Making Mountains out of Molehills
(In a Good Way)
It was smiles all around recently when Heather Cabral of the Social Beehive made a donation to the Old East Village Grocer.
Owned and operated by ATN Access for Persons with Disabilities, the store has been the recipient of donations before, but this one was different. ATN Executive Director Vicki Mayer explains, “When we chose to open a social enterprise, we knew that we were entering into a special community of believers: people who see everyday transactions as an opportunity to make a better world.”
It’s a thought that resonates with another social entrepreneur. Realtor Marla Marnoch, a self-described “neighbourhood enthusiast” founded Earmark to help people invest in their communities by allowing her clients to donate part of her commission to charities of their choice. “People are buying and selling houses anyway,” she says. “This is an opportunity for our clients to be change-makers and create the maximum possible good out of their moves.”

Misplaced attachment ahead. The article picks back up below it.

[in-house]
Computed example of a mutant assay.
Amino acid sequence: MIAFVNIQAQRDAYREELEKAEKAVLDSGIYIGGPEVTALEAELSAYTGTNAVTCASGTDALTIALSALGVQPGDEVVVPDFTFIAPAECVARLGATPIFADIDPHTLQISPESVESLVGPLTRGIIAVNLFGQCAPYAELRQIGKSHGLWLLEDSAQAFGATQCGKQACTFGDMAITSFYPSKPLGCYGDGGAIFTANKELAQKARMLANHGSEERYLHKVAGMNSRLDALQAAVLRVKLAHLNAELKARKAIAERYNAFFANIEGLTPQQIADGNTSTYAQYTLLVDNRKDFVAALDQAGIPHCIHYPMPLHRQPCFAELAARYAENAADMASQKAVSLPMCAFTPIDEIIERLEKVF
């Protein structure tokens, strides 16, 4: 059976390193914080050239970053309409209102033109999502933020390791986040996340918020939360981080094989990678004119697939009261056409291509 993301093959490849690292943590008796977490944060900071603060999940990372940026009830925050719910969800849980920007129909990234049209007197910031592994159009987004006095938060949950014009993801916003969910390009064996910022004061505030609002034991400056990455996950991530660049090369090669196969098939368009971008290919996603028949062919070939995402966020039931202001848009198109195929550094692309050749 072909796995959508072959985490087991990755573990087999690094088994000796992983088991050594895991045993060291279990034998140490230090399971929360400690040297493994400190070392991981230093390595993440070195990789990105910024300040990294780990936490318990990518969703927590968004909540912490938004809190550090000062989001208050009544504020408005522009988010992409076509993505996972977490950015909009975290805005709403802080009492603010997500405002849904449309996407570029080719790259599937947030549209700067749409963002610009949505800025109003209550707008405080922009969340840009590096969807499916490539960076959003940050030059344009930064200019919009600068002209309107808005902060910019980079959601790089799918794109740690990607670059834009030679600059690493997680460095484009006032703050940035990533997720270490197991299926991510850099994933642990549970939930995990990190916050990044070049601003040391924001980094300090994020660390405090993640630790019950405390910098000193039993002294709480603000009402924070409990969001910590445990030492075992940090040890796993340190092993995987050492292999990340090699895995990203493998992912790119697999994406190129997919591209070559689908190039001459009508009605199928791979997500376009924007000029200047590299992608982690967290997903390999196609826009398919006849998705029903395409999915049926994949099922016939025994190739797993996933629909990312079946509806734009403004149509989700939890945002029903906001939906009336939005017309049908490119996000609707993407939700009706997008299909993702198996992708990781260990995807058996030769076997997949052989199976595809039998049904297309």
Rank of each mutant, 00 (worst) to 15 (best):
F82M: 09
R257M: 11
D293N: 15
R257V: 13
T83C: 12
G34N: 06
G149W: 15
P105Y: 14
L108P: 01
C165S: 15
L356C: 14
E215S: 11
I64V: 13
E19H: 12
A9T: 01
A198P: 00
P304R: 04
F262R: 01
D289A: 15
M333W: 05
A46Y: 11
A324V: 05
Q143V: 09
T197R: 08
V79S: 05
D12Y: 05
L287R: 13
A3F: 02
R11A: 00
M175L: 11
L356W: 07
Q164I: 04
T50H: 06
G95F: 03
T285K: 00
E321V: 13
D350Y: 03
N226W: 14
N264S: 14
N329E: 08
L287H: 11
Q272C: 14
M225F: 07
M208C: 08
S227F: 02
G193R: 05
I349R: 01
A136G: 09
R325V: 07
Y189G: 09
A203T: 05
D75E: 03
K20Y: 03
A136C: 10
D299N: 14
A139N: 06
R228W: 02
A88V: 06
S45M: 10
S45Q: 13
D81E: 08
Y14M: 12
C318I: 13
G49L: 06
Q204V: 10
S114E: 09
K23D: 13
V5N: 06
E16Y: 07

Cabral was attracted to Earmark and Marnoch helped her find her new home near the Old East Village Grocer. “When I started making regular visits to the store, I found that good things always happen there. I connect positively with an old acquaintance or I meet someone with an interesting opportunity. And I see the staff there growing in confidence and independence.” Founder of London’s Conscious Christmas event – an effort to have people offer experience-based gift s for the holidays – Cabral knew she had found a kindred spirit when the grocery store jumped in. “I began to see how visionary the store was as a community hub and a training centre, how much it was doing for the community I live in. All of this while I was deciding where to donate the money made available by Earmark.”
A week later, at a party for the store’s first anniversary, she gathered with family, Marnoch, Mayer and OEV Grocer manager Matt Swenson to present a cheque for $1400 to the store. “I know that this place will make the best possible use of the money,” Cabral says, ”and make the most out of telling this story.”